For whatever reason, it was only ever available as an expensive import, despite coming out on Astralwerks subsidiary Science — practically a major label!


Pushing my luck now, there's even something of an affinity with Massive Attack’s Protection in evidence here (particularly instrumentals like “Weather Storm” and “Heat Miser”), specifically the way the piano in “The Gardens Of Babylon” settles into an errant sojourn across the lush, laidback soundscape, where liquid Fender Rhodes melts into Ponty’s wandering electric violin figure.


Enigmatic Ocean has two of them: the four-part “Enigmatic Ocean” and the three-part “The Struggle Of The Turtle To The Sea”!


In fact, they got a lot of stick at the time for their prog-ward tendencies from loads of contemporary critics still toeing the punk party line. I distinctly remember FSOL being unfavorably compared to Jean-Michel Jarre, Vangelis, and Tangerine Dream on more than one occasion... these days that would be a badge of honor! Just goes to show you how much the winds of fashion can change.


Checking Yes first was an almost reflexive move, since my brother Brian must have played Highlights: The Very Best Of Yes a thousand times when we were growing up... it was practically part of our DNA by then!

Besides, the name Yes has always been synonymous with progressive rock.


Debut was a sub-label of Passion Records (home of the great Sun Palace record) that existed in parallel to Jumpin' & Pumpin', the primary outlet for Dougans & Cobain’s early output.

The duo's records as Mental Cube also came out on Debut, including the awesome Chile Of The Bass Generation EP, my absolute favorite thing they ever did.


Like Mr. Fingers’ Ammnesia, the Earthbeat compilation was one of those discs that seemed nearly impossible to find at the turn of the century, until filesharing swooped in to save the day.

In both cases, I wound up making do with a burnt CD of MP3s downloaded off the web (thanks Audiogalaxy!) that I played obsessively for a long time before finally getting ahold of the genuine article many years later.


The cover images for Cosmic Messenger, Civilized Evil, and Mystical Adventures were actually all conceived by Jean-Luc’s wife, Claudia Ponty, and painted by Daved Levitan.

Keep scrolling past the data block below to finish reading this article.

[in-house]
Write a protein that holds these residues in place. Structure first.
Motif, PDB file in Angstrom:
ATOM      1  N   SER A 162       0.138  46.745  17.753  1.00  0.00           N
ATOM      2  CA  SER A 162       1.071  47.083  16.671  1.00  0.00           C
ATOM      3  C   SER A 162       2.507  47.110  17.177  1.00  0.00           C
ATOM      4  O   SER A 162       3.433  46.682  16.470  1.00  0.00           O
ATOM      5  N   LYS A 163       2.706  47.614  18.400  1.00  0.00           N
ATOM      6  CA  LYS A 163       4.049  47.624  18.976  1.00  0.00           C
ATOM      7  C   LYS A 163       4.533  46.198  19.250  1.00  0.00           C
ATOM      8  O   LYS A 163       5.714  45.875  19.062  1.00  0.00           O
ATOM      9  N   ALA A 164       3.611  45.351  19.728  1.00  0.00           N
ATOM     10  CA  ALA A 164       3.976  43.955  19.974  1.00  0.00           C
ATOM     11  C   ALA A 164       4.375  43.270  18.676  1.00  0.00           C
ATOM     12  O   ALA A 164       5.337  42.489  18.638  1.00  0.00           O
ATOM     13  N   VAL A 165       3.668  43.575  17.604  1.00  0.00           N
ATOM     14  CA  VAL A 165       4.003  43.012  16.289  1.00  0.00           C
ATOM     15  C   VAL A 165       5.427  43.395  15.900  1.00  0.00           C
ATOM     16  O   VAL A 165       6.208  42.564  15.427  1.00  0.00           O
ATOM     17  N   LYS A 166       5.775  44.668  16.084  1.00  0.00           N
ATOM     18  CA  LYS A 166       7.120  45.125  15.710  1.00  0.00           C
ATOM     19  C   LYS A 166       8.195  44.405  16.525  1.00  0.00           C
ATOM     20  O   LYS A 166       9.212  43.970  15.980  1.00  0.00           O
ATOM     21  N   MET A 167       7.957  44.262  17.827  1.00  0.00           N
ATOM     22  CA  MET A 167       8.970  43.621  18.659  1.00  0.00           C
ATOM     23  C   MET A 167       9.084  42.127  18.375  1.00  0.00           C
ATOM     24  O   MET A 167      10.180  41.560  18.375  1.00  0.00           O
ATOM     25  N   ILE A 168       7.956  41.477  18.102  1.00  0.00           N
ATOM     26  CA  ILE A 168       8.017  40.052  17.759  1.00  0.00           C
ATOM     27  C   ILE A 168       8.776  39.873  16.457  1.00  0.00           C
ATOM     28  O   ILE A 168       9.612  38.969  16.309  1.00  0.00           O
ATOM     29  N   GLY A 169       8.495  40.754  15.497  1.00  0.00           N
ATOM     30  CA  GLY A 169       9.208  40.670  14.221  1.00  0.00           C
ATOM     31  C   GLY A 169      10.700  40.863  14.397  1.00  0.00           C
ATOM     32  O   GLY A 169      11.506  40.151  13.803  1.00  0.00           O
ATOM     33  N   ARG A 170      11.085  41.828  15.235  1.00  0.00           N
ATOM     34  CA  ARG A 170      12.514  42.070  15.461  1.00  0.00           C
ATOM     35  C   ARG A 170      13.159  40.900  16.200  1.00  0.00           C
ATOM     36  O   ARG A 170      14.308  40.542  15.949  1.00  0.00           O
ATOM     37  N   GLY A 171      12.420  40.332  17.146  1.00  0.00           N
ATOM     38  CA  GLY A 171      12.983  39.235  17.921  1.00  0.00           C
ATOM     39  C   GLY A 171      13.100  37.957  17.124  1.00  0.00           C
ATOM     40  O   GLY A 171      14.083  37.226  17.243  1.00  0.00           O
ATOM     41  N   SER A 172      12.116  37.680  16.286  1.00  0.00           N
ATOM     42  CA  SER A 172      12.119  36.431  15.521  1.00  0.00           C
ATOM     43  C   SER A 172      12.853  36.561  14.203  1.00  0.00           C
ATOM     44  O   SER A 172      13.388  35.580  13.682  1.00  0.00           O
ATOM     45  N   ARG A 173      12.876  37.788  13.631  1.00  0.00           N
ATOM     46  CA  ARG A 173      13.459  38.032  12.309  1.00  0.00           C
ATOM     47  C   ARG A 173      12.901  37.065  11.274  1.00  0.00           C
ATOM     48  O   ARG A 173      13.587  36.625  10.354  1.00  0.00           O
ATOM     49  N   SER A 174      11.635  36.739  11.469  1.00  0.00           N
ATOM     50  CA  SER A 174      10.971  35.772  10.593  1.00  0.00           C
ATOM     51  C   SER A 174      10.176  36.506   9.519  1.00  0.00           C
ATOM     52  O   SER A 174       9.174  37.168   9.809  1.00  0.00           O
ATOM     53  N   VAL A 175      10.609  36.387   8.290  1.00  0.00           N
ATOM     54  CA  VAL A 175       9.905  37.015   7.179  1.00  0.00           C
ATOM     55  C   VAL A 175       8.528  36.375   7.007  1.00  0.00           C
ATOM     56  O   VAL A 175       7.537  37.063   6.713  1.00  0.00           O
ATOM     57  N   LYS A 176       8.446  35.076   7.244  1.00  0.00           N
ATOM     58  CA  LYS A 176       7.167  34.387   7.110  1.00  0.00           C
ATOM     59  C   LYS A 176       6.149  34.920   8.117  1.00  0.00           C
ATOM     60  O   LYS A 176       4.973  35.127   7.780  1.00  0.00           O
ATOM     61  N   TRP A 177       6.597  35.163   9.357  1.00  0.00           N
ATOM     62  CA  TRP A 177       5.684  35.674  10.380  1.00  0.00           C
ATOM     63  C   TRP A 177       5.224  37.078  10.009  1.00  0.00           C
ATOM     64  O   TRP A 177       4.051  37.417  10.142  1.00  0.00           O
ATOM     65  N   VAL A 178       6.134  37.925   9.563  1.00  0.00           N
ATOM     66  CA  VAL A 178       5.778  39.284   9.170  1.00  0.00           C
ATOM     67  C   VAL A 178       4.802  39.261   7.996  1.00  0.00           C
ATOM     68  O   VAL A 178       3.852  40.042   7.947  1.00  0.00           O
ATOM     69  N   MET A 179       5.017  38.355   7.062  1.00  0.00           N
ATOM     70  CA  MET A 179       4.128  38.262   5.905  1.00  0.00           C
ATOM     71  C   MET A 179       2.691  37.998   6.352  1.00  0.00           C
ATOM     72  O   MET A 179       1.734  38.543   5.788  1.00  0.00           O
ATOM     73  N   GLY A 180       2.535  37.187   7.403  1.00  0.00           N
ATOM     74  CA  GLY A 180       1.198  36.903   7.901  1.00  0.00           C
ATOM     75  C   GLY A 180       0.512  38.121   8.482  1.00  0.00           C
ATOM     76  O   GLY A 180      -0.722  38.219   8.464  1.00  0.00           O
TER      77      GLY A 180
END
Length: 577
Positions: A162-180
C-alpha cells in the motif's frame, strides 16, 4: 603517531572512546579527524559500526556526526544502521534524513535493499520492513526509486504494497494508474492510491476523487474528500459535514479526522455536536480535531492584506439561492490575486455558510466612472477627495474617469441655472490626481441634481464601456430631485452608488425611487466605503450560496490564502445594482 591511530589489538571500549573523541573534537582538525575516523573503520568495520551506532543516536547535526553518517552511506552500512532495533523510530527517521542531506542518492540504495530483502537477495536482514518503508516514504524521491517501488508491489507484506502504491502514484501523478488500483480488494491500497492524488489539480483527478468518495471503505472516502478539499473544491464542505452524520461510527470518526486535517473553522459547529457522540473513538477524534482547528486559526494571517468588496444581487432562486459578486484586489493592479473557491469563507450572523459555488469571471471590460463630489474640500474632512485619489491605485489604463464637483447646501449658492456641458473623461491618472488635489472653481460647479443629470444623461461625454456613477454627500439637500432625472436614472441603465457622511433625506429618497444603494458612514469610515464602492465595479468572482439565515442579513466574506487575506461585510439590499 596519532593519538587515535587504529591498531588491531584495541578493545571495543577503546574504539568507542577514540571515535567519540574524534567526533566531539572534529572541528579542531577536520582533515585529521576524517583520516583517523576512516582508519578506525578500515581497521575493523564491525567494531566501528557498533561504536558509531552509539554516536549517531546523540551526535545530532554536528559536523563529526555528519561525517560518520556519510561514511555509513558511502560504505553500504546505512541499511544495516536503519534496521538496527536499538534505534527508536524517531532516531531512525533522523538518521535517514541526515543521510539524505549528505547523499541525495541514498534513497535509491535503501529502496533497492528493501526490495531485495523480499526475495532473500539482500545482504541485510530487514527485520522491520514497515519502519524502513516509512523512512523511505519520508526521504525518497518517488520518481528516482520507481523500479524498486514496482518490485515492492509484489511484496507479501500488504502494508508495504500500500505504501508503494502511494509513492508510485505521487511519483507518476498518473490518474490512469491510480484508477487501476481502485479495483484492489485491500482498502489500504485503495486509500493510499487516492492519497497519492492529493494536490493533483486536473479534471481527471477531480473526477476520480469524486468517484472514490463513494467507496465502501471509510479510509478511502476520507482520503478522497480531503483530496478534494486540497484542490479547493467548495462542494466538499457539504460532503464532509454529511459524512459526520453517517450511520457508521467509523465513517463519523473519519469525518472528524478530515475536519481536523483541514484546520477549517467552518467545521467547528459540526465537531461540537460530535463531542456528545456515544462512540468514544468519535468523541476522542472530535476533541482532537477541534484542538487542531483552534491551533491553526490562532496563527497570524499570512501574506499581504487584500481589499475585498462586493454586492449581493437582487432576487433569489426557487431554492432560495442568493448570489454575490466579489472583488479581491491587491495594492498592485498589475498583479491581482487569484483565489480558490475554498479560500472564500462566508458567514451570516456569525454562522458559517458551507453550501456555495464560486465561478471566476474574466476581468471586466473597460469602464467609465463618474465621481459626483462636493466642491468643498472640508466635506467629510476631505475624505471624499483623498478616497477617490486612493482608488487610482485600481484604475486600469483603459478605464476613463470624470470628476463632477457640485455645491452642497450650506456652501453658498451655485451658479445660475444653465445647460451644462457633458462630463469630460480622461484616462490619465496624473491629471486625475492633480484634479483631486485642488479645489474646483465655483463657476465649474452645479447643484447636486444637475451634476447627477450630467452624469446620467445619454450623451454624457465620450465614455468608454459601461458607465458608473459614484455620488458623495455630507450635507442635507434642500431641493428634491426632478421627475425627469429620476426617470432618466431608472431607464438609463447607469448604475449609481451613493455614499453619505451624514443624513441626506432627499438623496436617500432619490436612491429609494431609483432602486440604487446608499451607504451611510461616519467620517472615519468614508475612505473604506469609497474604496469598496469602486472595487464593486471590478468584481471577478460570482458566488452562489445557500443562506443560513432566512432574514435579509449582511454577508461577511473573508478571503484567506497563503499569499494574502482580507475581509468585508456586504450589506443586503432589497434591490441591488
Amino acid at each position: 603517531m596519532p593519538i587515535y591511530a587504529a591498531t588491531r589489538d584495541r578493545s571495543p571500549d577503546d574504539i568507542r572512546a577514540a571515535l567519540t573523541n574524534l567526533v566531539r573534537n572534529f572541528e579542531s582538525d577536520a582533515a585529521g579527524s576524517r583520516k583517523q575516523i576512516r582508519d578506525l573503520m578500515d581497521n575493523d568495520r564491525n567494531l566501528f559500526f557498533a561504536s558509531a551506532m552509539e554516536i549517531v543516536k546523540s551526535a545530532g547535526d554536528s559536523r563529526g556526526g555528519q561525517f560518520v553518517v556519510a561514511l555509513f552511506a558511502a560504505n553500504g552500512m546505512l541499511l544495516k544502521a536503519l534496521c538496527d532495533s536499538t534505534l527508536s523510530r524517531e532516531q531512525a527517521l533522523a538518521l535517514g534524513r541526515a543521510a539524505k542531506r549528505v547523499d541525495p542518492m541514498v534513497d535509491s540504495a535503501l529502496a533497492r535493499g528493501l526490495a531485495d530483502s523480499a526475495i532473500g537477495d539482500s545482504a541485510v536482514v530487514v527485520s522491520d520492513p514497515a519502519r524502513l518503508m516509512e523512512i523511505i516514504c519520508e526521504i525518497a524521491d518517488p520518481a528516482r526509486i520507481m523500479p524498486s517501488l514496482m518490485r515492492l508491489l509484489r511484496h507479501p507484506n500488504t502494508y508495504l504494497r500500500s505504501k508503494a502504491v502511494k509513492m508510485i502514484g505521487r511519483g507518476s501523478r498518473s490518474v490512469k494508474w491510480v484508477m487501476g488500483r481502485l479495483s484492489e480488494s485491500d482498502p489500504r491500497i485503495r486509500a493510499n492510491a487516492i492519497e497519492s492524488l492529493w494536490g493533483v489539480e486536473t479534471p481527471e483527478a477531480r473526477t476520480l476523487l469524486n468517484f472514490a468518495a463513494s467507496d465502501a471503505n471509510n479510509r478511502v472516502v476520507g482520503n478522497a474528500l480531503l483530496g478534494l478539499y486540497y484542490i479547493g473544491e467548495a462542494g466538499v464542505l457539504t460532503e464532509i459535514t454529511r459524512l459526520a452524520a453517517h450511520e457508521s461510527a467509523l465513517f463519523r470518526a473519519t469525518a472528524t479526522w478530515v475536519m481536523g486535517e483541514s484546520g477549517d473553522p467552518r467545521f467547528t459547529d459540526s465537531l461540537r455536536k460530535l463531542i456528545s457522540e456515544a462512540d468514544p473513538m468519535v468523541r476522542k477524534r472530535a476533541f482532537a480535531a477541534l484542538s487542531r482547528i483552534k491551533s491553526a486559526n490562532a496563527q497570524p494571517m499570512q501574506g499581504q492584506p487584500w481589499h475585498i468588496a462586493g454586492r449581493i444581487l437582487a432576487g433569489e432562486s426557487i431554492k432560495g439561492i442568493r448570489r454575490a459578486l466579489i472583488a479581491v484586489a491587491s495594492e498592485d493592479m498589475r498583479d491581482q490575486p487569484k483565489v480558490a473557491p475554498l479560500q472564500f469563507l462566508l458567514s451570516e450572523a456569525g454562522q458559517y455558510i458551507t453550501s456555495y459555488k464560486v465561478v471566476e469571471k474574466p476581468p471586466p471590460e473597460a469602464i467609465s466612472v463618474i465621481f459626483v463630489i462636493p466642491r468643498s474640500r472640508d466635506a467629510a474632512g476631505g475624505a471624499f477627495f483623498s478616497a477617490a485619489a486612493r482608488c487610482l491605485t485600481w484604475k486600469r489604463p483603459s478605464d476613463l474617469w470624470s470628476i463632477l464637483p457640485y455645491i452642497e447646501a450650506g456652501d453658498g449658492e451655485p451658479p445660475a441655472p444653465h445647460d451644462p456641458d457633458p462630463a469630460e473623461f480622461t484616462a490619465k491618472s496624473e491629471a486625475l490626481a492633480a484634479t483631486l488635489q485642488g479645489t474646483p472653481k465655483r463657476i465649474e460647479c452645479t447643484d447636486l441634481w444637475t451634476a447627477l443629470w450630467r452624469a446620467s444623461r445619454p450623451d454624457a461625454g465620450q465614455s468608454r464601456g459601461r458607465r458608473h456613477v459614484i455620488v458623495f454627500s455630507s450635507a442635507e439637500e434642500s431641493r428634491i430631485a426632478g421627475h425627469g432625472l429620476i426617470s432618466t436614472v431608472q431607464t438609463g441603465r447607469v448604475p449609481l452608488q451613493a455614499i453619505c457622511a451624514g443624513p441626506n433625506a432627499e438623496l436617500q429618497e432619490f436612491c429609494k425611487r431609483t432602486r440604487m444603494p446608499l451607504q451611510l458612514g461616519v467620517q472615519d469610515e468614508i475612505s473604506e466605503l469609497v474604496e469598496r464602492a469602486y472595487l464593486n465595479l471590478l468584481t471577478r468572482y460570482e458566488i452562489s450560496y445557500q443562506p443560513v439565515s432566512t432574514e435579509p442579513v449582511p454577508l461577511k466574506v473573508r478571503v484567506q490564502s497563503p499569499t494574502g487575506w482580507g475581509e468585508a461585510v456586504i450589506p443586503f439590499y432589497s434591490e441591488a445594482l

All three are great sleeves no doubt, and there's even something of a shared sensibility with the futurescapes later found in Abdul Haqq’s artwork on Detroit techno-era records like Intergalactic Beats, Orlando Voorn’s Divine Intervention, Relics: A Transmat Compilation, Dark Comedy’s Corbomite Maneuver, 313 Detroit, and Psyche/BFC’s Elements 1989-1990.


In fact, Sparkle’s second track, “Universal Mind”, was an undeniable highlight of Carl Craig’s (Onsumothasheeat) DJ mix, where it appeared alongside Recloose’s “Landscaping”.


Even Aril Brikha’s micro-house touchstone “Groove La Chord” made its first appearance on a Fragile 12".


Pushing my luck even further, I'd argue that there's a bit of Ken Ishii circa Innerelements about “Open Mind”.


Sure enough, there were a whole lot of others too: from the loose-limbed acid jazz of Max Brennan and the Holistic label to Jimi Tenor’s space age bachelor pad music and everything going on in Germany with Jazzanova and Compost Records, not to mention 4 Hero’s post-Parallel Universe transformation from ardkore renegades and jungle innovators into dons of the West London broken beat phenomenon.

However, it's the trio of Dan Curtin, Kirk Degiorgio, and Ian O'Brien whose music tends to hew closest to Jean-Luc Ponty’s later, more electronic records.


This was one of Patrick Pulsinger and Erdem Tunakan’s many great projects to spring from their Vienna-based Cheap Records house of horrors, an utterly unique label that will definitely warrant a discussion of its own in the near future.

I distinctly remember Ian O'Brien on the air — just after playing this record — saying something like “that was “Put Me On!”, from the album Carrera by Sluts'n'Strings & 909,” followed by a pregnant pause, and then remarking “Hmmm...” in a genuinely disapproving tone! Still cracks me up to this day...


For me, it was a little like catching some forgotten '70s conspiracy thriller starring Steve McQueen, Bill Duke, Jennifer Warren, Jean-Louis Trintignant, William Conrad, and Vonetta McGee on TV — purely by chance — some late summer afternoon in the mid-nineties.


Ingram, Matthew. The Big Book Of Woe. Hollow Earth, 2012. Clash of the Titans. Digital.


While I'm at it, here's a few more that would've been great to slip into Checkone: Sun Palace’s “Rude Movements”, Wally Badarou’s “Chief Inspector (Vine Street)” and N.Y. House'n Authority’s “APT. 3B”.